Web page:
Getting from the mere diagnosis of anthropogenic climate change to active treatment requires the acknowledgement of the planet’s layered complexities and ambiguous dynamics and to reframe human world relations accordingly. But how can we conceive this yet unfamiliar realm?
“Scalar Crevices” is an experimental tool providing a glimpse into what it might mean to orient ourselves within a planetary scale. It stems from the hypothesis that gaining knowledge about the world fundamentally involves a reciprocal interrelation of human and non-human actors. In contrast to the unilateral globalized perspective it seeks to investigate means of generating multiple situated perspectives, which together form a denser and more accurate image of the world.
The constructed grid represents rigid euclidean space conceived by human thought—an abstract universalizable system devoid of concrete meaning. However, this grid becomes flexible through its materiality and dynamic through its interrelation within its surroundings. It cannot build tension on its own and has to be lifted and carried by nearby objects. These objects construct reference points and determine the tension, direction and proportions of the grid, whose shape and movement is therefore inherently specific depending on where it is positioned. An entirely abstract conceptual object is becoming concrete by the agency of specific places.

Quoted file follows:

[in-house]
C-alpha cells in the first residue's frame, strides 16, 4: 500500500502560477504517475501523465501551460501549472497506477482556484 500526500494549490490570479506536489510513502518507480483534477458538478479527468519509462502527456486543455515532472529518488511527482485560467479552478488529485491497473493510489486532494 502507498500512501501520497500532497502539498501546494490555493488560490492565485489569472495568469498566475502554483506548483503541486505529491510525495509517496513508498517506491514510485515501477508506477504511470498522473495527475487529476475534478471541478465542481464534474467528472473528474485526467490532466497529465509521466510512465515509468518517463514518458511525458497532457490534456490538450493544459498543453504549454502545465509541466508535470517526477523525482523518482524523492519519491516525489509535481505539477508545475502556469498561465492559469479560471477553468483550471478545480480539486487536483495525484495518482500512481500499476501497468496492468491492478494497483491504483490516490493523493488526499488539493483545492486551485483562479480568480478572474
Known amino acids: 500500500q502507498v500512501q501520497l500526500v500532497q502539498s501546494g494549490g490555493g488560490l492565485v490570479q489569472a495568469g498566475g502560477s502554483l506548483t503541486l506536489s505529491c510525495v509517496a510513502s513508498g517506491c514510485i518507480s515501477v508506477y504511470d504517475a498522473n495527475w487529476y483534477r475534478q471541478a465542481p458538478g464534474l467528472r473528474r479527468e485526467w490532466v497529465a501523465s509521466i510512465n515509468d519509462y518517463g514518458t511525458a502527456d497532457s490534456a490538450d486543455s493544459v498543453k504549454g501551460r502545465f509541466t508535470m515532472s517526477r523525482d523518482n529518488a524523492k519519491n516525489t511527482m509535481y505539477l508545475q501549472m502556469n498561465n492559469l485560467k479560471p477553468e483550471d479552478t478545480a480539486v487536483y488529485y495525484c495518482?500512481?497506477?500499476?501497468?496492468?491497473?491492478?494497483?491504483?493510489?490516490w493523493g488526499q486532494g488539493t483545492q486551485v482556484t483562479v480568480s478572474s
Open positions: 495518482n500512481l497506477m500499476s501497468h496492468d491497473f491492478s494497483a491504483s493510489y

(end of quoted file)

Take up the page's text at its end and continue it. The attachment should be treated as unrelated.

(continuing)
Each intersection of the grid is equipped with a small orange ball to allow for the capturing of the grid’s dynamics and spatial deformation via video-recordings. Subsequently, these points serve to digitally trace the interrelated behavior of the construction. This enables reorganizing the intersection points to their original positions in a now digital euclidean space. Through this forceful intervention of re-abstracting the grid back into geometrical tension, the places captured by the camera appear distorted—the rigidity of the grid however is restored. This effectively generates consistency between different locations, enabling the possibility of synthesizing multiple situated perspectives to form a greater picture, while preserving their specificity.
The final outcome displays an ambiguous fluctuation between the abstract universal grid-system and the concrete manifold places, creating intermediary spaces between them—openings for further exploration of planetary scale interrelations. In its current state this work serves as an unconventional approach at accessing the world, rupturing the doxic, human-centered conceptualisation of the planet as a globe. It opens up scalar crevices, which reveal the yet diffuse realm of the planetary scale, engendering possibilities of reconceptualising human world relations beyond the status quo.